Don't worry too much about MS Word griping about your use of passive tense. It's only a computer algorithm. They base it on the notion that too much use of passive verbs takes some of the punch out of your writing. I agree--to a point.
A passive statement removes a lot of the responsibility for action from the subject of the sentence. You could write "Mistakes were made," or "The woman was criticized." The first example assigns absolutely no responsibility for the mistakes; the second doesn't tell us too much about who actually criticized the woman. The previous examples are quite common in both bureaucratic and academic writing. They have the effect of separating the reader and the writer from human causation Some people I have worked for looked at passive writing as sophisticated and lofty. (I disagreed.) If that's the goal, then passive writing can be successful--but it doesn't make it good.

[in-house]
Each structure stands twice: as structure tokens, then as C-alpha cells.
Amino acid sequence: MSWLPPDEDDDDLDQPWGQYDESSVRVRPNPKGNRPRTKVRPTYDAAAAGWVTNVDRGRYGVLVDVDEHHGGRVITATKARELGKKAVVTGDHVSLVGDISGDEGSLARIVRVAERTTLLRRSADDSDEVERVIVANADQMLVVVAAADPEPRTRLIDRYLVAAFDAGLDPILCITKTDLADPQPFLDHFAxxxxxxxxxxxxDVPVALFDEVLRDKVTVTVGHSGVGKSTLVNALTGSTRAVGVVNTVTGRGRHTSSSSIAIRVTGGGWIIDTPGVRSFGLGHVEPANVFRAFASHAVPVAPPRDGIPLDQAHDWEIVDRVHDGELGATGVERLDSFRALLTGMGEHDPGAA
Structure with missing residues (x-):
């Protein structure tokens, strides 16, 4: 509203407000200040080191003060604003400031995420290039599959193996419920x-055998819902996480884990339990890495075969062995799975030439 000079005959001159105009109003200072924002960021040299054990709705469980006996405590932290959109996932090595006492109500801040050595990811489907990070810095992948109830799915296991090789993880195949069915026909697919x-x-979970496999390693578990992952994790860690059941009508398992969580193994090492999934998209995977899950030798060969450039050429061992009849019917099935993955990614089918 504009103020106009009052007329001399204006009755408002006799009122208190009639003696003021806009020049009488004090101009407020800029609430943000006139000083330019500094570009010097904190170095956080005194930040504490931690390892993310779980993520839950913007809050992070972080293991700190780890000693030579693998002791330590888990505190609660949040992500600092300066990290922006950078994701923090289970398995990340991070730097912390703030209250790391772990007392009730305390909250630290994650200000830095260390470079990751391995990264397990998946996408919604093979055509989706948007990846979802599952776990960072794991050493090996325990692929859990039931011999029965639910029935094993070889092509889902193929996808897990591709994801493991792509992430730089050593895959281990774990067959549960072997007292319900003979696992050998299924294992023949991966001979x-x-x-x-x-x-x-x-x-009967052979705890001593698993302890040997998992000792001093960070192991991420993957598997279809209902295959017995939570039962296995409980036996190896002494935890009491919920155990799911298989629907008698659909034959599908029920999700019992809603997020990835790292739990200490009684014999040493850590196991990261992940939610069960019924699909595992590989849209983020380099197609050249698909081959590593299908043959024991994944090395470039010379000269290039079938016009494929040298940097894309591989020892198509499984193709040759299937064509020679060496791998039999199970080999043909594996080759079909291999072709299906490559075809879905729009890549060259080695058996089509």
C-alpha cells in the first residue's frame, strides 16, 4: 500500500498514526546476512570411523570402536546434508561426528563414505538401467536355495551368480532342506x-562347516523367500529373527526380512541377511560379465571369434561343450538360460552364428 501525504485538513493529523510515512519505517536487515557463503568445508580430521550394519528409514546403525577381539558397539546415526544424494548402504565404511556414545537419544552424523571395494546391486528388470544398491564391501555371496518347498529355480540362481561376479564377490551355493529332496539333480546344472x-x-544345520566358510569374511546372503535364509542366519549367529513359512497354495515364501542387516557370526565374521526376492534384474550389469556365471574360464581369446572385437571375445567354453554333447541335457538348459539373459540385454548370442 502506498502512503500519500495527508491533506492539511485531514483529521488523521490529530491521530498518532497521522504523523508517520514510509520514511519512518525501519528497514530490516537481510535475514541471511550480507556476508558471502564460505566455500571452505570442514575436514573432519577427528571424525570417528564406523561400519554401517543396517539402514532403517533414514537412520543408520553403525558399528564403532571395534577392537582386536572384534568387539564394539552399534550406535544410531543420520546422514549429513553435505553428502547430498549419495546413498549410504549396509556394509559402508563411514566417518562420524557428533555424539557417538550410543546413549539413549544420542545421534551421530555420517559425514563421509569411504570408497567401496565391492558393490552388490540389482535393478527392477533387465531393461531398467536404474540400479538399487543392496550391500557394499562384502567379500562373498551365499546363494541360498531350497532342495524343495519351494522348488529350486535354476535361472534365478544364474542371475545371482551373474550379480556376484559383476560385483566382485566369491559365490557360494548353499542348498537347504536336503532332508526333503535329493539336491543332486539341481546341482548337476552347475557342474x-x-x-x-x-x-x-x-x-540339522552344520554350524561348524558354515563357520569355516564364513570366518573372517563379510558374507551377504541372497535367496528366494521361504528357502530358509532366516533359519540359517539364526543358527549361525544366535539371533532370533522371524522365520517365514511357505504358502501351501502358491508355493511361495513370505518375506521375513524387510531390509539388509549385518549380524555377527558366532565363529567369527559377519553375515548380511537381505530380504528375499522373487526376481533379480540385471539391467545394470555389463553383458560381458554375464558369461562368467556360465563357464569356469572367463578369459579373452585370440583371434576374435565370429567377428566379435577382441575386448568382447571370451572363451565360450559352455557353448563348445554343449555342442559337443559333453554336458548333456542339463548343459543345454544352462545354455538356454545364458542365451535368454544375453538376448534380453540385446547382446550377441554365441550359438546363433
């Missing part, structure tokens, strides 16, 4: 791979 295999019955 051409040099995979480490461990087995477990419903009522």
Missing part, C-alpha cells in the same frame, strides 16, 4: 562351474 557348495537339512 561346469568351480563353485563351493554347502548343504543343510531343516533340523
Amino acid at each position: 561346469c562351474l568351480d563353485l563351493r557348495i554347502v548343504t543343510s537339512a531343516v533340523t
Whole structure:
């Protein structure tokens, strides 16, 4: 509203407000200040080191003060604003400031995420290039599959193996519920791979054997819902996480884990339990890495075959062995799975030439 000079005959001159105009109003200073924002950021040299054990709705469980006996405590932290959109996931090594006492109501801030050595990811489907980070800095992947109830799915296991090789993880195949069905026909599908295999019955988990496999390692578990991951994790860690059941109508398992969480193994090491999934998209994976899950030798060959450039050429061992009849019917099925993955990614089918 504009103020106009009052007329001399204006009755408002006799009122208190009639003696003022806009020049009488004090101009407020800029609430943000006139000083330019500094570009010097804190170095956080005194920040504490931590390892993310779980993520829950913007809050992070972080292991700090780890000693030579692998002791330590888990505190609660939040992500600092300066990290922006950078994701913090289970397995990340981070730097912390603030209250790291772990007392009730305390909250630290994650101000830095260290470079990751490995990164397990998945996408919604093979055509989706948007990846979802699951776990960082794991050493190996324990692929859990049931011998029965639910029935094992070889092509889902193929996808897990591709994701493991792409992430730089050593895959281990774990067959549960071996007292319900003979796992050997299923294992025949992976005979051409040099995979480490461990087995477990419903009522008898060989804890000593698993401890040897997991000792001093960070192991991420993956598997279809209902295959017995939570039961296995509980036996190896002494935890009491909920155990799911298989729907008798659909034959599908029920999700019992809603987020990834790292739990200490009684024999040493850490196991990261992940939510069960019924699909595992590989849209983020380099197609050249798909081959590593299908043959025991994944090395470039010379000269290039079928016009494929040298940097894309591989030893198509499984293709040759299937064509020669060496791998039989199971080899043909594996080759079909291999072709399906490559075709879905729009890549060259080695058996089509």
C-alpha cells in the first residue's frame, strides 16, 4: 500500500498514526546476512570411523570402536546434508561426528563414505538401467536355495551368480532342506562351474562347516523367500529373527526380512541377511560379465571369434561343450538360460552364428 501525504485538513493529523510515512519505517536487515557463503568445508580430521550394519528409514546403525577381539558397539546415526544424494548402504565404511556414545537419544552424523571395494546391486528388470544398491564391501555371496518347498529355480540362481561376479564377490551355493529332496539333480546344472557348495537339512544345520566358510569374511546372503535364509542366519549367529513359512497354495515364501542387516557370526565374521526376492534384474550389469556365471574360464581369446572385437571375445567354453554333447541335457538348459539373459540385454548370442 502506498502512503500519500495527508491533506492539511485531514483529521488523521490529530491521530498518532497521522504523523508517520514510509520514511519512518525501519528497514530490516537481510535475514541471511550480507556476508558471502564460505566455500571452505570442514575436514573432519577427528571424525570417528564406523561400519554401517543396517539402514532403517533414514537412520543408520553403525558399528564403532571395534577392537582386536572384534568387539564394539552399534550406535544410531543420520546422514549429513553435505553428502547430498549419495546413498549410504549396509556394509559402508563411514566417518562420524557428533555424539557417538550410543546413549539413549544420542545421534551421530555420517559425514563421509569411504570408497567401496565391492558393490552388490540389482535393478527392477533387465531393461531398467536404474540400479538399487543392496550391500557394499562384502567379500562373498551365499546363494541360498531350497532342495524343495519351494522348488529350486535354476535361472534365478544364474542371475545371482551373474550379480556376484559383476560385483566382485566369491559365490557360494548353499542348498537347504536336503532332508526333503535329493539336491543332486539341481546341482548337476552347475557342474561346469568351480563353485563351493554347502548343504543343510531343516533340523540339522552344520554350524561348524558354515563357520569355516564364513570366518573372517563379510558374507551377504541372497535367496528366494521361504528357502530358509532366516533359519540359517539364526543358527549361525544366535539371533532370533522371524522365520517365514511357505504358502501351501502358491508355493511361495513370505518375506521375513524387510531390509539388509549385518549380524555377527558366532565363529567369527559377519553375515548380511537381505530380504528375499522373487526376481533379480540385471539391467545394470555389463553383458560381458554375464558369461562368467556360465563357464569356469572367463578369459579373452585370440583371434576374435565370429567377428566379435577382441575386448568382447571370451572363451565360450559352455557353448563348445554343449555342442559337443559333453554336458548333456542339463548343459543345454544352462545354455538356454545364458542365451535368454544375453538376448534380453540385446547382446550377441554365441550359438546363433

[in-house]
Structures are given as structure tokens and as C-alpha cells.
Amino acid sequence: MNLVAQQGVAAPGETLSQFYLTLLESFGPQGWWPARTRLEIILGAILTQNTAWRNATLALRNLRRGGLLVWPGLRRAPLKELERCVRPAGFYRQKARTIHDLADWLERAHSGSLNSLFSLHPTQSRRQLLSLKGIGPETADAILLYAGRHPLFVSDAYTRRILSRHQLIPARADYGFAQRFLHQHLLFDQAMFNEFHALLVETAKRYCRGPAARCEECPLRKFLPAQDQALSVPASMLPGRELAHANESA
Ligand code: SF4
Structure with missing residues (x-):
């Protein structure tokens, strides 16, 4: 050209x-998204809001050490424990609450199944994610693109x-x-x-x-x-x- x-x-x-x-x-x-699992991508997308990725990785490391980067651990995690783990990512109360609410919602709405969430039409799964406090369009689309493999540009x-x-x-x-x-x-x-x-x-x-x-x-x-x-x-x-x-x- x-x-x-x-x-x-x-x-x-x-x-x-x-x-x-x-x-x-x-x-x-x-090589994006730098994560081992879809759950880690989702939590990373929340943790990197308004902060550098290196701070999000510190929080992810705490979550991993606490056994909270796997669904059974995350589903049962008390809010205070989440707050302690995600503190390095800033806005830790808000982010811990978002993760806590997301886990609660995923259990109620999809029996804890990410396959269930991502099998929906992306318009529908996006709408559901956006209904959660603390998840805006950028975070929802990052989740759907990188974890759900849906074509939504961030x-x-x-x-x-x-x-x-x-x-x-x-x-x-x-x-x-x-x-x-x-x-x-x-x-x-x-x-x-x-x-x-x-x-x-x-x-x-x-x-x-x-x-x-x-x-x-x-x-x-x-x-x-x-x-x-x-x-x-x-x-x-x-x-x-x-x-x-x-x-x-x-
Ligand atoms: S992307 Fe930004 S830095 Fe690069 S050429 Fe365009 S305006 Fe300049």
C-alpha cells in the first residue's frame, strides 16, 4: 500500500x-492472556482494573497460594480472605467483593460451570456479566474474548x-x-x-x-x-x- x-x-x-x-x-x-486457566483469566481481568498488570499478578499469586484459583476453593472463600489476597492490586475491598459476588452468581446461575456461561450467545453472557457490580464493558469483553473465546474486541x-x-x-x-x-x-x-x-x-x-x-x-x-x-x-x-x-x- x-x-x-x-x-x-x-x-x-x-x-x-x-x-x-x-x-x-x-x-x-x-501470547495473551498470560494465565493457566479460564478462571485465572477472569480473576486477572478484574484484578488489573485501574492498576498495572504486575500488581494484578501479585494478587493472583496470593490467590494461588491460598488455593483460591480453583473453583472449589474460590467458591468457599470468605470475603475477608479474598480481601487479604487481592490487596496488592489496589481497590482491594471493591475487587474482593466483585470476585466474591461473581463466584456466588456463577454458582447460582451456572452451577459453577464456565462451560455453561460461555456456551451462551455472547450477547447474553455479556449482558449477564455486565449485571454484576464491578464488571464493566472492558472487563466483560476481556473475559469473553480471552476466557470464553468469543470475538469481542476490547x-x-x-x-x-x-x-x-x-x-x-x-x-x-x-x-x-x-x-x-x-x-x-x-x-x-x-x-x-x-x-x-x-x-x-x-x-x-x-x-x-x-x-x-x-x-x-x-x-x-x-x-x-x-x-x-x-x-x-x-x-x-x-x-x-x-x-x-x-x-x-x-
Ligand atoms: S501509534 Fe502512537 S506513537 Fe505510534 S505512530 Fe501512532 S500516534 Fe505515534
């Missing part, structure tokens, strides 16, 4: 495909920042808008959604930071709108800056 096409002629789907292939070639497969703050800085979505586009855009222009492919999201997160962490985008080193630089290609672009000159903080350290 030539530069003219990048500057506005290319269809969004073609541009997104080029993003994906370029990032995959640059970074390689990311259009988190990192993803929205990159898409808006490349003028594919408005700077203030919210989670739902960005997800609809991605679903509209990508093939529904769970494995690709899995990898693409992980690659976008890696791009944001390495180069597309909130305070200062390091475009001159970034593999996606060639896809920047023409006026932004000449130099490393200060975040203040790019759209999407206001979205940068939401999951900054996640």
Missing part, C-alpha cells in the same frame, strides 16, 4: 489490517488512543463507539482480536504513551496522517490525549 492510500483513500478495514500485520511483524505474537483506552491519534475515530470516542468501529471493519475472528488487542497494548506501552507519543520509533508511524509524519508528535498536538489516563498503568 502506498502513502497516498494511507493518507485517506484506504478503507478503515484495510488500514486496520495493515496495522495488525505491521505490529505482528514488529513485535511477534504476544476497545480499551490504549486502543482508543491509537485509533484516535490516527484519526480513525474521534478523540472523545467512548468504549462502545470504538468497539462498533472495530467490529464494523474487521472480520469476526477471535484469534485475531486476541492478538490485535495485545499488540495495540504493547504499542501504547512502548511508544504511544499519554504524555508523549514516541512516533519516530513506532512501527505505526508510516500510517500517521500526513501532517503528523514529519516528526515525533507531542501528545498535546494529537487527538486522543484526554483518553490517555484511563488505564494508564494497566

So, as a professional freelance writer, I avoid excessive use of passive voice. If use of the passive conveys my meaning in a way that fits in with everything else I wrote in the piece, I'll use it sparingly.
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